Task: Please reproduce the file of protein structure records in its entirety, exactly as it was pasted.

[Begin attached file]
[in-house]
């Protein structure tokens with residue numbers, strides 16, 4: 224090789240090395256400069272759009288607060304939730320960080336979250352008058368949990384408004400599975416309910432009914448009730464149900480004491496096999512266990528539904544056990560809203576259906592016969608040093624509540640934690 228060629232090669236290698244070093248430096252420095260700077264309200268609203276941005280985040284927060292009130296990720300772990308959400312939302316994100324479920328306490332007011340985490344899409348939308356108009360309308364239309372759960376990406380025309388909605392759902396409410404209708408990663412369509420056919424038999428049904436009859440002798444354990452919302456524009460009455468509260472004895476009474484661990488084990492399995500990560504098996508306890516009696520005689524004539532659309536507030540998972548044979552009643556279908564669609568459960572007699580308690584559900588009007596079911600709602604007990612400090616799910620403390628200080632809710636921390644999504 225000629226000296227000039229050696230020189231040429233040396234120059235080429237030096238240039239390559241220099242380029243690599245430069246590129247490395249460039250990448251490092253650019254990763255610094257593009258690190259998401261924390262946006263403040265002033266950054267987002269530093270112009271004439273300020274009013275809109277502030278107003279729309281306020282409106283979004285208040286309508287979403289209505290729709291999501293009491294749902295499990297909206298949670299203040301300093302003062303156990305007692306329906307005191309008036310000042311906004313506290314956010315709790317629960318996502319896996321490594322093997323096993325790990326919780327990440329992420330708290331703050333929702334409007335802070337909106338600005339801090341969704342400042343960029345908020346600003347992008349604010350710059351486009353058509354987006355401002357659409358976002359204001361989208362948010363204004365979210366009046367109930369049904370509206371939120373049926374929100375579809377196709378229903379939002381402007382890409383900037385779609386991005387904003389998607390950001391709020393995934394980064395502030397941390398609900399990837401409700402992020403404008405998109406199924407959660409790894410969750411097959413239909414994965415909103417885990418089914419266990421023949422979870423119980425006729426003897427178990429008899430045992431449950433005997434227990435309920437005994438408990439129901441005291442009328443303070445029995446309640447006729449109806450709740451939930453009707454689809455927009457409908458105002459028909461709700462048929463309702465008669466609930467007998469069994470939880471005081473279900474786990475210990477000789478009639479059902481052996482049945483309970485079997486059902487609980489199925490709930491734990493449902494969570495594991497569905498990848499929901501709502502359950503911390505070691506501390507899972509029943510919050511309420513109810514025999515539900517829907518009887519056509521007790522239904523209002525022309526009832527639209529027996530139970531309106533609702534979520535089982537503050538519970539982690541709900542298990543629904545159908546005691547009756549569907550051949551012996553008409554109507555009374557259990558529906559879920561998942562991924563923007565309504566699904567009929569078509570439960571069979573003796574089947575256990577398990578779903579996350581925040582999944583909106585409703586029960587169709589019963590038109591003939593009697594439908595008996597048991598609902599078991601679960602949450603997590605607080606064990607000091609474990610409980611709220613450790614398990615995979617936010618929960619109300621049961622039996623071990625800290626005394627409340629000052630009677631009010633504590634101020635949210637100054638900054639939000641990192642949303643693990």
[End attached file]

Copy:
[in-house]
């Protein structure tokens with residue numbers, strides 16, 4: 224090789240090395256400069272759009288607060304939730320960080336979250352008058368949990384408004400599975416309910432009914448009730464149900480004491496096999512266990528539904544056990560809203576259906592016969608040093624509540640934690 228060629232090669236290698244070093248430096252420095260700077264309200268609203276941005280985040284927060292009130296990720300772990308959400312939302316994100324479920328306490332007011340985490344899409348939308356108009360309308364239309372759960376990406380025309388909605392759902396409410404209708408990663412369509420056919424038999428049904436009859440002798444354990452919302456524009460009455468509260472004895476009474484661990488084990492399995500990560504098996508306890516009696520005689524004539532659309536507030540998972548044979552009643556279908564669609568459960572007699580308690584559900588009007596079911600709602604007990612400090616799910620403390628200080632809710636921390644999504 225000629226000296227000039229050696230020189231040429233040396234120059235080429237030096238240039239390559241220099242380029243690599245430069246590129247490395249460039250990448251490092253650019254990763255610094257593009258690190259998401261924390262946006263403040265002033266950054267987002269530093270112009271004439273300020274009013275809109277502030278107003279729309281306020282409106283979004285208040286309508287979403289209505290729709291999501293009491294749902295499990297909206298949670299203040301300093302003062303156990305007692306329906307005191309008036310000042311906004313506290314956010315709790317629960318996502319896996321490594322093997323096993325790990326919780327990440329992420330708290331703050333929702334409007335802070337909106338600005339801090341969704342400042343960029345908020346600003347992008349604010350710059351486009353058509354987006355401002357659409358976002359204001361989208362948010363204004365979210366009046367109930369049904370509206371939120373049926374929100375579809377196709378229903379939002381402007382890409383900037385779609386991005387904003389998607390950001391709020393995934394980064395502030397941390398609900399990837401409700402992020403404008405998109406199924407959660409790894410969750411097959413239909414994965415909103417885990418089914419266990421023949422979870423119980425006729426003897427178990429008899430045992431449950433005997434227990435309920437005994438408990439129901441005291442009328443303070445029995446309640447006729449109806450709740451939930453009707454689809455927009457409908458105002459028909461709700462048929463309702465008669466609930467007998469069994470939880471005081473279900474786990475210990477000789478009639479059902481052996482049945483309970485079997486059902487609980489199925490709930491734990493449902494969570495594991497569905498990848499929901501709502502359950503911390505070691506501390507899972509029943510919050511309420513109810514025999515539900517829907518009887519056509521007790522239904523209002525022309526009832527639209529027996530139970531309106533609702534979520535089982537503050538519970539982690541709900542298990543629904545159908546005691547009756549569907550051949551012996553008409554109507555009374557259990558529906559879920561998942562991924563923007565309504566699904567009929569078509570439960571069979573003796574089947575256990577398990578779903579996350581925040582999944583909106585409703586029960587169709589019963590038109591003939593009697594439908595008996597048991598609902599078991601679960602949450603997590605607080606064990607000091609474990610409980611709220613450790614398990615995979617936010618929960619109300621049961622039996623071990625800290626005394627409340629000052630009677631009010633504590634101020635949210637100054638900054639939000641990192642949303643693990």